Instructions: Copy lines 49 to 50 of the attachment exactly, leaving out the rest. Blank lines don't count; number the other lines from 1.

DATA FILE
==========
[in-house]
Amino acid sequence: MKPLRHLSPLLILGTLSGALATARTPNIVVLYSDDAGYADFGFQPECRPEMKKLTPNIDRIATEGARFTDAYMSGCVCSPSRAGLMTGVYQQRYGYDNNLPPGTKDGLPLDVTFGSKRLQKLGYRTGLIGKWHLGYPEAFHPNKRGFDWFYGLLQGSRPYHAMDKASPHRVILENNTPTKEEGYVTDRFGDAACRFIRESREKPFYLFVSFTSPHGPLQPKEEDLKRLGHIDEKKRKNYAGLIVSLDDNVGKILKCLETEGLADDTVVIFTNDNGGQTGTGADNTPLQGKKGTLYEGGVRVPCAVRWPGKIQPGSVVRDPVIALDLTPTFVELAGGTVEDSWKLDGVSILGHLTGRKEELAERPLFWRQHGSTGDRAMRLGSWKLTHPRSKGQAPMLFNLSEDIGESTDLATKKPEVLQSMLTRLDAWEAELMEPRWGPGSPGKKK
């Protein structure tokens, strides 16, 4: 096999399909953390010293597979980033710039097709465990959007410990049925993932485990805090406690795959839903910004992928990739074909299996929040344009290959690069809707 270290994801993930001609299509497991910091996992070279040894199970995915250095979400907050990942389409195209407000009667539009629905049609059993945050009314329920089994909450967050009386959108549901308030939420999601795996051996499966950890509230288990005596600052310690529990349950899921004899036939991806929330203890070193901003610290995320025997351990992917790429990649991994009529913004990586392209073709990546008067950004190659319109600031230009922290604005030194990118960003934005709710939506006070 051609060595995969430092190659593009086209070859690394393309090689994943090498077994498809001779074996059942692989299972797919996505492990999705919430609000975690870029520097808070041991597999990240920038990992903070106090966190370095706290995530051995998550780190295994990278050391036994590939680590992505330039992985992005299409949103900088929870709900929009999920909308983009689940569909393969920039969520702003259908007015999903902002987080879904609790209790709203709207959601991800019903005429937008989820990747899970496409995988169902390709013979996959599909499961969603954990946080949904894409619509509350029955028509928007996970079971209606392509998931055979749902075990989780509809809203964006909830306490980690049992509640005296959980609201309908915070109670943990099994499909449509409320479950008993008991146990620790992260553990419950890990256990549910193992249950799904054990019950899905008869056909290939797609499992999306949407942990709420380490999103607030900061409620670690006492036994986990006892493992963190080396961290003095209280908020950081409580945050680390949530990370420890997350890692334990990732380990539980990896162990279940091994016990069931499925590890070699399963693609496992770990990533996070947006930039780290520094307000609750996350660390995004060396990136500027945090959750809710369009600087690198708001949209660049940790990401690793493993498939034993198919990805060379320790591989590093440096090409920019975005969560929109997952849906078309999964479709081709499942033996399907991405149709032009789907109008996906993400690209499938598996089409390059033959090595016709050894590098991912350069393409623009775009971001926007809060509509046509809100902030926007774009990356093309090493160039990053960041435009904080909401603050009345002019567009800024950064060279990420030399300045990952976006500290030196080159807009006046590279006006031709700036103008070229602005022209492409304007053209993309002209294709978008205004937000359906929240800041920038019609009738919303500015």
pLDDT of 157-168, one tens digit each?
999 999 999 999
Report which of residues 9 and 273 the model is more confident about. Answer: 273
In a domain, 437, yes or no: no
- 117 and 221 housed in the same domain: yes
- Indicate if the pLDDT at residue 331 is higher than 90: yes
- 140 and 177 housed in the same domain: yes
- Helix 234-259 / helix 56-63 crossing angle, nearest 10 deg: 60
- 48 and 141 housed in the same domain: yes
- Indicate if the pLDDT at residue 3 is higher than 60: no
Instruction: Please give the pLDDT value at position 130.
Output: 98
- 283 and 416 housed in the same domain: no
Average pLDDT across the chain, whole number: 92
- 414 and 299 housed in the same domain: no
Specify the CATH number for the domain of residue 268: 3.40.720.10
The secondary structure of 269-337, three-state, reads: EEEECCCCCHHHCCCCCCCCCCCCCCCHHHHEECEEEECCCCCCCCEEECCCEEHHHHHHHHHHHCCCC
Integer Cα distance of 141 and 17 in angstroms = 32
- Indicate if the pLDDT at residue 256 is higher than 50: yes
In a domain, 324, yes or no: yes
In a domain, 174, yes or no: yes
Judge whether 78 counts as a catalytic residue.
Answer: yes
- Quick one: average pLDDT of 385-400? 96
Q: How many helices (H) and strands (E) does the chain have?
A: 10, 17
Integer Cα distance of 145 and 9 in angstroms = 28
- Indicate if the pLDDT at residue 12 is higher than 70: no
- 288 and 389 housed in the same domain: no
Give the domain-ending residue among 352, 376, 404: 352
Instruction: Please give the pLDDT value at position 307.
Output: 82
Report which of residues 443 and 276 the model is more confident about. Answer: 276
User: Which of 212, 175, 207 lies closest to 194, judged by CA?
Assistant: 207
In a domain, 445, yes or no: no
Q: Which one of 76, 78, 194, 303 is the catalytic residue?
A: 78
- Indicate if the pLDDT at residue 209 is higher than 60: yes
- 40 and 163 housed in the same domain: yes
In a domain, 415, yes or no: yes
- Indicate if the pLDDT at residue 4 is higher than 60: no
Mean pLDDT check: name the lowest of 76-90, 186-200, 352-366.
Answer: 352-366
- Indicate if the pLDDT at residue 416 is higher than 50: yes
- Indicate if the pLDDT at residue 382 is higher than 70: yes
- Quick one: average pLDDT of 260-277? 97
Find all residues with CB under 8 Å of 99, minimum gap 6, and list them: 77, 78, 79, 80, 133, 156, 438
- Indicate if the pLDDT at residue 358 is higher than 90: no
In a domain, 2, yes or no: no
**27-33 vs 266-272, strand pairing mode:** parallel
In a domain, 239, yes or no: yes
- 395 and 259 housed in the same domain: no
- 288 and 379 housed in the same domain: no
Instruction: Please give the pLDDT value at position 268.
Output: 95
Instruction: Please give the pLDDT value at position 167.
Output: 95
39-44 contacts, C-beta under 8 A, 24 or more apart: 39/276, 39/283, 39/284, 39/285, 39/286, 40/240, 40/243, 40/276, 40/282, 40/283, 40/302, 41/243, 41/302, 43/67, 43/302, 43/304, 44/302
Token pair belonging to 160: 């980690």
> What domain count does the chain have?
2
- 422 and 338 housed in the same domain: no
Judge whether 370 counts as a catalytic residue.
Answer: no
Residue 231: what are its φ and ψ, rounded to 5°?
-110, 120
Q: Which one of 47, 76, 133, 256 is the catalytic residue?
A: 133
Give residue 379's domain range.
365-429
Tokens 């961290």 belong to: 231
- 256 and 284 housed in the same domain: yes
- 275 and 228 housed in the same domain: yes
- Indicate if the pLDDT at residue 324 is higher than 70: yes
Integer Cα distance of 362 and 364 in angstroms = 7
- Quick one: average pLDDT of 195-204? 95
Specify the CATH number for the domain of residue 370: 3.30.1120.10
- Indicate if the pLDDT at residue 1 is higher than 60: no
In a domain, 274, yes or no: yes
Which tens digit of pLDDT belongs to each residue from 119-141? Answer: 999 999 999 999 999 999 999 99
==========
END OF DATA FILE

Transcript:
- Indicate if the pLDDT at residue 382 is higher than 70: yes
- Quick one: average pLDDT of 260-277? 97